Hawkeye cover4) It feels like a meal. This is probably the most subjective of the subjective rules. What kind of issue makes you feel “full” after reading? This may entirely depend upon what you look for in a story. Maybe you need plot to move forward in some substantial way. Maybe you prefer a lot of dialogue, to feel like you’re really getting to know the characters.

My pick: Hawkeye

Though it’s wrapping up, Matt Fraction and David Aja’s work on Hawkeye has built up an incredibly idiosyncratic book about what a super-hero does when he’s not hanging with the Avengers. But I think what really makes the book special is the construction of each issue. Fraction and Aja play with layout with panel to panel storytelling and with the actual construction of a serialized story. As such, each chapter, even when it’s part of a larger narrative, feels like it demands its own space.

Lazarus #125) I just can’t wait. I mean, really, sometimes this is what it comes down to. I’m a longtime reader, and I’m somewhat used to reading comics in short monthly installments, so this makes it a little easier for me, but… there are just some books, despite how I think they might read in trade, that I just cannot wait to pick up each month.

My pick: Lazarus

Greg Rucka is a fantastic craftsman, but I often feel like his strongest craft is that ability to conceive a storyline over 4 or 5 or 6 issues. He nails those down those arcs perfectly, but some of what allows him to do that is allowing himself the space to build that connective tissue. The first issue of the new Stumptown series, for example, was almost entirely about a soccer match. By issue #5, it all works, but in that initial issue, you’ve got to sit back and enjoy the slow build. That said, I’m sorry, I just can’t wait for Rucka’s Lazarus every month. And Stumptown, for that matter. End of story.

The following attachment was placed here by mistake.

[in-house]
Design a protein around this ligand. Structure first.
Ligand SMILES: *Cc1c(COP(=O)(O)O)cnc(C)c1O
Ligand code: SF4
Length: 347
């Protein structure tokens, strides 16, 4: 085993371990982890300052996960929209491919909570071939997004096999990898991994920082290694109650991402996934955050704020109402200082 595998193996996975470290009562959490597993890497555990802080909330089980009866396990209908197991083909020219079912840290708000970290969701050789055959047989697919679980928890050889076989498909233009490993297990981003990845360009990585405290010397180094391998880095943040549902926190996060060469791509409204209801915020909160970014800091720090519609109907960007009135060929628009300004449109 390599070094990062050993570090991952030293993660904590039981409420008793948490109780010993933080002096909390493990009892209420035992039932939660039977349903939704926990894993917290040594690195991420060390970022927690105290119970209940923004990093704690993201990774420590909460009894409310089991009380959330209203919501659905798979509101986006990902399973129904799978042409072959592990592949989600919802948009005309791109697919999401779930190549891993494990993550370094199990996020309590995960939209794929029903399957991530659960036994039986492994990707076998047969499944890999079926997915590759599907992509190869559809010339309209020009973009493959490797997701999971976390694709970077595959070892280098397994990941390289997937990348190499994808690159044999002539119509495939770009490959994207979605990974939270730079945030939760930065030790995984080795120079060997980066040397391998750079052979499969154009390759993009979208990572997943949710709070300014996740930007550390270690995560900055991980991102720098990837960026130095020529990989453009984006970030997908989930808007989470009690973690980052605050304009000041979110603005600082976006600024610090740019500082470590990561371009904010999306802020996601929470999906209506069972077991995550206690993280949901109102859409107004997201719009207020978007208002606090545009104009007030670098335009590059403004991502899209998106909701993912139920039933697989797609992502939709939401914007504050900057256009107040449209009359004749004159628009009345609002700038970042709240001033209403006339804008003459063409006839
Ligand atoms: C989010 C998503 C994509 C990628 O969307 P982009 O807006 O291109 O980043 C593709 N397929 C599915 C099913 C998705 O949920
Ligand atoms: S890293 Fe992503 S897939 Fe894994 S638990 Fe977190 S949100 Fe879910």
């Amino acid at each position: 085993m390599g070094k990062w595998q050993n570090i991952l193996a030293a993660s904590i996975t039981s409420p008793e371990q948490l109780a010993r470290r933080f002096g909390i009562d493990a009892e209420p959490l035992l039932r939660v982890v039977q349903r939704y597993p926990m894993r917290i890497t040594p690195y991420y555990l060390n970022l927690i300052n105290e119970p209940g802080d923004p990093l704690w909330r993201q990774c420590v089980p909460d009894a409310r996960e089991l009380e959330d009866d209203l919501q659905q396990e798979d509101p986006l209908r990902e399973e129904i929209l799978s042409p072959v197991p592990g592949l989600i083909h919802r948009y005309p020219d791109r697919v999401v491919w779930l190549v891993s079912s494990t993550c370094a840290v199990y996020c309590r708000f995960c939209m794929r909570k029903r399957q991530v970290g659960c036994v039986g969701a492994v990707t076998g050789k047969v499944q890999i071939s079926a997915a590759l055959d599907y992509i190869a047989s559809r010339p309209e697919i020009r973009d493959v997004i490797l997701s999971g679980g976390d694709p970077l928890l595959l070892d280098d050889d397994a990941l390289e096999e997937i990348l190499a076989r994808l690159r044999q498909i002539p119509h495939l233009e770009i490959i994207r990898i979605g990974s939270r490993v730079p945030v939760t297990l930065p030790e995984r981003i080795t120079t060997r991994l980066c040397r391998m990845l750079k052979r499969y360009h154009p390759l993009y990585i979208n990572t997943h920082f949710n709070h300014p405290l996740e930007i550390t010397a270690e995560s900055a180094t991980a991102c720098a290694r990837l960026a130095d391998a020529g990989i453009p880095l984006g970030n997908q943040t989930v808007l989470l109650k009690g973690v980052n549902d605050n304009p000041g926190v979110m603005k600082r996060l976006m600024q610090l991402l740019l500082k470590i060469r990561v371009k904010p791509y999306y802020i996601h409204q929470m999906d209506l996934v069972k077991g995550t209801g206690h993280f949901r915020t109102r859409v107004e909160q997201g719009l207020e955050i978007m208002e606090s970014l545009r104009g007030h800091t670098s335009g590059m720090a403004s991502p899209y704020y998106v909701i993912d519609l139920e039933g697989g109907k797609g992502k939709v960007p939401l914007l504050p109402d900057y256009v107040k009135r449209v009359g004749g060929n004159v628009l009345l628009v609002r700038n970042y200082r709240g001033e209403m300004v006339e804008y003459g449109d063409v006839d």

rachelrising30_10246) If I don’t read it in issues, it may cease to be. This is the indie rule. And, look, comics creators get it. No one wants to dictate to you how you should read the book. But the reality is that many small press and independent creators work on the serialized model because it’s still their best bet — to publish short chapters in order to make enough money to continue publishing short chapters. So while you should read books however you prefer, sometimes your desire to see a publication continue means you’ve got to change things up.

My Pick: Rachel Rising

About a year ago, Terry Moore tweeted that sales on Rachel Rising were very low, and despite the potential of a TV series, he might have had to cancel the book. Luckily, the series is still chugging along, but these sorts of warnings are a good reminder that issue to issue sales do still matter, especially for smaller indie creators.


So, those are some of my books and my rationale. What about you? Do you have books you love to buy in issues? Has the advent of digital comics change anything for you? Let me know.